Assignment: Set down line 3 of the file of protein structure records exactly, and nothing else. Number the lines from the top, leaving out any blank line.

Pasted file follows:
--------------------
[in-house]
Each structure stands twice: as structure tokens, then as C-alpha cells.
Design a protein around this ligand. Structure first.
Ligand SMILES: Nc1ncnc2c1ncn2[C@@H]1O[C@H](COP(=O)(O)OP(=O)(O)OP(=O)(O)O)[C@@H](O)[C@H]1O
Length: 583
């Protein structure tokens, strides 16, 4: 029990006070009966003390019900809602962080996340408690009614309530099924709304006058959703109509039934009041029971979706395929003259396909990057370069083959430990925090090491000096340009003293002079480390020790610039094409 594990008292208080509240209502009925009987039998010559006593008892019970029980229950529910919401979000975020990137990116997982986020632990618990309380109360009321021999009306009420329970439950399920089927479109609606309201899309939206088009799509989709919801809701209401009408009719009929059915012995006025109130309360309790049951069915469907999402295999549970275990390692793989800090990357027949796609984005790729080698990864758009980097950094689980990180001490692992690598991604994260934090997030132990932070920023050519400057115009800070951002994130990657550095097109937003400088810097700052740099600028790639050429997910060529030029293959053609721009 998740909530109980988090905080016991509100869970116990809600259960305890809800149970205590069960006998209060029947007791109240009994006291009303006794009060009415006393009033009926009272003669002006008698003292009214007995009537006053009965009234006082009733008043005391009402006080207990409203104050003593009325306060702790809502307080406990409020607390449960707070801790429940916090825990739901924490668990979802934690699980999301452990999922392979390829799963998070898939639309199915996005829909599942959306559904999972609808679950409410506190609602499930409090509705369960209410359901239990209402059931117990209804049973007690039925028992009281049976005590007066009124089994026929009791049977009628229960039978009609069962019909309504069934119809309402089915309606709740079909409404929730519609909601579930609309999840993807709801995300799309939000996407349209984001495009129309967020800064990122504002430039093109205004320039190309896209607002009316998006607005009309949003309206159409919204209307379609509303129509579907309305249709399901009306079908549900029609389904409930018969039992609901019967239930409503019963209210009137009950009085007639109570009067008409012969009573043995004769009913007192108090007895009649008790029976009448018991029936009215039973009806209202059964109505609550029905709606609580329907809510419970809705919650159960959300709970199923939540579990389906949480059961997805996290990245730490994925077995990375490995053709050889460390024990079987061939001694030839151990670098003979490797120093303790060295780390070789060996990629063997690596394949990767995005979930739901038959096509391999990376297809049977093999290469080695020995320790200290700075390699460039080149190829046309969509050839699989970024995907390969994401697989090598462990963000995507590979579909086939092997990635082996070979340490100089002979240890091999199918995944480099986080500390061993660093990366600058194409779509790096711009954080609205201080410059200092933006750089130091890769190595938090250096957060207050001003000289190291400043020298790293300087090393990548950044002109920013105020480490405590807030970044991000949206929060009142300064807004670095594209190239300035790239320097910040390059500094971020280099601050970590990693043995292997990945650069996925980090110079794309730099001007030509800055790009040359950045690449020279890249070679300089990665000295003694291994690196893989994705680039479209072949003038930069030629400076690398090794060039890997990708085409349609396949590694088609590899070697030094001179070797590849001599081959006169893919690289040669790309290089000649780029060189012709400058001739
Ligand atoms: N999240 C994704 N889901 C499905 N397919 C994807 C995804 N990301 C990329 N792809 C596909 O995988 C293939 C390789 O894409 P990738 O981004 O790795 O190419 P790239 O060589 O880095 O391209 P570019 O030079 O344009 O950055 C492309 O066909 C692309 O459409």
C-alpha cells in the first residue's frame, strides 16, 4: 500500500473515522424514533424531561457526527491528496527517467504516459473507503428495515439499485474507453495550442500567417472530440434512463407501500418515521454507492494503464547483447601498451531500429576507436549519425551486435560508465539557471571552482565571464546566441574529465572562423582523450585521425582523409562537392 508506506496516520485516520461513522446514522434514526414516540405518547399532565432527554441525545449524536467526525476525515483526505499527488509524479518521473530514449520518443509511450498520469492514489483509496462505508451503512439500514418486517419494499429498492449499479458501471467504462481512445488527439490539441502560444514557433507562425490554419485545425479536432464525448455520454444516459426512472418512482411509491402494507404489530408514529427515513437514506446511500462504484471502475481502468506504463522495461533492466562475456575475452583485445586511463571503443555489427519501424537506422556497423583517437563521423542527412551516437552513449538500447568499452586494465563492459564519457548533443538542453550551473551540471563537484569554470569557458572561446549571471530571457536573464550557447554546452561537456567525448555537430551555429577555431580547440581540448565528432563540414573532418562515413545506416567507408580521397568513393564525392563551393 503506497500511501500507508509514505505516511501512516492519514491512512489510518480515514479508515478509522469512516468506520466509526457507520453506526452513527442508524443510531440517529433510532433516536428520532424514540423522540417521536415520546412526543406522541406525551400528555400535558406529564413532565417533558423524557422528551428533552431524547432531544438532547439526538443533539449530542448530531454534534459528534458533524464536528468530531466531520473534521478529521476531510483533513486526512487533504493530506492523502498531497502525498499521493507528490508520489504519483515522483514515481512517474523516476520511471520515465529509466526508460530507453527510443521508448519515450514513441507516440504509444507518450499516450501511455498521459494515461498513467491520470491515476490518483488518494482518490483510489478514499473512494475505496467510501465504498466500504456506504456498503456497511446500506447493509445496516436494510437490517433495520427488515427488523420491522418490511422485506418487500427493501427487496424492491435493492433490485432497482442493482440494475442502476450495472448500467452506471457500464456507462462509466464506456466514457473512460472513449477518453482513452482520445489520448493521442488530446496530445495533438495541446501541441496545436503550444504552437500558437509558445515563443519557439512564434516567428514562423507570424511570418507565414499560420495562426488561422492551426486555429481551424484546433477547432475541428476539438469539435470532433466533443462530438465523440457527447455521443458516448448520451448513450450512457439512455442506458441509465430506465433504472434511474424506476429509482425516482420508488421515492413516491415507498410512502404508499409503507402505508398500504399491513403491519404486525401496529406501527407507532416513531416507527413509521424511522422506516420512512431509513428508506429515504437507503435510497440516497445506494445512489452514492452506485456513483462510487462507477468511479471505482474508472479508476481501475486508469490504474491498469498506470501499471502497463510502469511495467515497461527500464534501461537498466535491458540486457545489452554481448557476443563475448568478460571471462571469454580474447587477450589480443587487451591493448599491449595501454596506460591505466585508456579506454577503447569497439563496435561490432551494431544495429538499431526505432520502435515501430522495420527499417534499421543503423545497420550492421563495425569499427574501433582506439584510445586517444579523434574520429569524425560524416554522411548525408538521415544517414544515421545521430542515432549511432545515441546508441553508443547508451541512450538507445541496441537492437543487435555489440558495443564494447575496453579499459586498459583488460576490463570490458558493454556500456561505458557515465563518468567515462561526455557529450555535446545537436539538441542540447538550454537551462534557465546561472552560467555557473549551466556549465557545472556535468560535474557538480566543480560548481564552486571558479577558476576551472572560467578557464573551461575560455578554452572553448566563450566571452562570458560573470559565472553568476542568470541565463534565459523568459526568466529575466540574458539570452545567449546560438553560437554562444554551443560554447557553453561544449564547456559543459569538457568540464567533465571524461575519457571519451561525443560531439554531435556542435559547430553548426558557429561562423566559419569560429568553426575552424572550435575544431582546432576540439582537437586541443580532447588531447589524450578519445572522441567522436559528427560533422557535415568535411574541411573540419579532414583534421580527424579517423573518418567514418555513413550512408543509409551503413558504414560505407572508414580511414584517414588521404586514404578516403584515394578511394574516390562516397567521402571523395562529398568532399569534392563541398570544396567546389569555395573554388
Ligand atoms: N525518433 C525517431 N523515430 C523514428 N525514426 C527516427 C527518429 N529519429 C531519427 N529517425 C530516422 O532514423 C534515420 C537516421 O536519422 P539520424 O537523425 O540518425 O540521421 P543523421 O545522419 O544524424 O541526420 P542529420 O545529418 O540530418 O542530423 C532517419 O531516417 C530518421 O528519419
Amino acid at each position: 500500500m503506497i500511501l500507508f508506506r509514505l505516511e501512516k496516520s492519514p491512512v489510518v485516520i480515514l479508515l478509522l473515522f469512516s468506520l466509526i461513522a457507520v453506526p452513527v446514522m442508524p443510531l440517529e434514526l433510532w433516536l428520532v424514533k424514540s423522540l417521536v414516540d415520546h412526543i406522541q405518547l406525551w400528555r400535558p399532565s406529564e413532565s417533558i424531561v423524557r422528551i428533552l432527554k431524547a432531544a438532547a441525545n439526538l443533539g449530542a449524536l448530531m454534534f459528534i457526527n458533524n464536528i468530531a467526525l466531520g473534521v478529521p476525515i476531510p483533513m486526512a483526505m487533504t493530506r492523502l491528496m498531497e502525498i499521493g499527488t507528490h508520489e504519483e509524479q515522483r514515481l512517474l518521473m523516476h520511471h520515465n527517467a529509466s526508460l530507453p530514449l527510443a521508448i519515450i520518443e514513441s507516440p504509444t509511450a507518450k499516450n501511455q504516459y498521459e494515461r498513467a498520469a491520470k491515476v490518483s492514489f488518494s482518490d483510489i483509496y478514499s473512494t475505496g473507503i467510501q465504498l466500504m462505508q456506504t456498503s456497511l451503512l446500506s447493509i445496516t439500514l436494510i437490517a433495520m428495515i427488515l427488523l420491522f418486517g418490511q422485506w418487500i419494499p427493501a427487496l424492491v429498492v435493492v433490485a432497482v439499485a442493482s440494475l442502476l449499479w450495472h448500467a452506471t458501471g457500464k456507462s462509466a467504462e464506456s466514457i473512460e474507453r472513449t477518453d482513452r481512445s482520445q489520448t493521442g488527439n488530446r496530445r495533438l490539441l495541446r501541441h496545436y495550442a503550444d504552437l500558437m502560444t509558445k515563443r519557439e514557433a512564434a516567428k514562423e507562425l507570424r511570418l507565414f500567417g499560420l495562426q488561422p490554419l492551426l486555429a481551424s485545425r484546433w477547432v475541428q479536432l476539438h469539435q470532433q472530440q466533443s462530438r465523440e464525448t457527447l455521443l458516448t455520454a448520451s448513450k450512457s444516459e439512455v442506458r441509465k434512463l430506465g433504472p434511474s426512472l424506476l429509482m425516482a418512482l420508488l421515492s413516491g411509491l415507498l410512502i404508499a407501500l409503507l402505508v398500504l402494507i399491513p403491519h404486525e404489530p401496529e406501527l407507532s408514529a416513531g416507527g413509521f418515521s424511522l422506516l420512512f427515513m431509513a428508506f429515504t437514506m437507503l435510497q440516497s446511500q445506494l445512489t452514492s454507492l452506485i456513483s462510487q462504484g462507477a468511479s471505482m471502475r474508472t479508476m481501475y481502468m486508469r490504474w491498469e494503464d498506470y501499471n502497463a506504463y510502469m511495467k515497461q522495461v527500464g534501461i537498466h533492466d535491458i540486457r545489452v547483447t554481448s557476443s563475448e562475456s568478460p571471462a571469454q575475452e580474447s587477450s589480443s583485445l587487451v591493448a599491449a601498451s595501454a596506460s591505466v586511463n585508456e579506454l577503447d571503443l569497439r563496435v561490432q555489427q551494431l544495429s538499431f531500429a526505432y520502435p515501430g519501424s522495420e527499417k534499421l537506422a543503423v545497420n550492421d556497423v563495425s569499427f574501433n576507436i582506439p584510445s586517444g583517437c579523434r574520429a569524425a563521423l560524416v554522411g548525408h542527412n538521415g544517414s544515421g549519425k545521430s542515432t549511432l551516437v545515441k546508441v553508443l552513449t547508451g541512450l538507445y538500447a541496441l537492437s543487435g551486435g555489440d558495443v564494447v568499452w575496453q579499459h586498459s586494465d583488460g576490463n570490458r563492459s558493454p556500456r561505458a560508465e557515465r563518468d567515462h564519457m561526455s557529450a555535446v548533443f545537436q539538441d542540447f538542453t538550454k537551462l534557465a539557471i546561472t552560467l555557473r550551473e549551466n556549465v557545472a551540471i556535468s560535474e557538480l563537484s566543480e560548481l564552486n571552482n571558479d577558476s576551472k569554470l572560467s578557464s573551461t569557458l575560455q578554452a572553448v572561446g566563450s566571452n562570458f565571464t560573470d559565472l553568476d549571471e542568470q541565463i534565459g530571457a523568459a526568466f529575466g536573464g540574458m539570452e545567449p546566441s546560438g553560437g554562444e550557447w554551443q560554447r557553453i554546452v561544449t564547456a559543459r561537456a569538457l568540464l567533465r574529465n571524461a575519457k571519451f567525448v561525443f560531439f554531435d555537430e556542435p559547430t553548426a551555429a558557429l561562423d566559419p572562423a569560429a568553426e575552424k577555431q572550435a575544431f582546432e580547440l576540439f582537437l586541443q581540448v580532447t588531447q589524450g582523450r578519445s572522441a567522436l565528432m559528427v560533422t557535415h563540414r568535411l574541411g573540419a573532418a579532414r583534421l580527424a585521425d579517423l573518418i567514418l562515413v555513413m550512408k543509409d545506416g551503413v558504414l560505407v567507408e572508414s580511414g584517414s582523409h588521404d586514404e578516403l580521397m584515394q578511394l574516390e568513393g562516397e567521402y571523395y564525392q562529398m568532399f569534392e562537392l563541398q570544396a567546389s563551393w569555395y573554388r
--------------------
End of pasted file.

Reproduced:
Design a protein around this ligand. Structure first.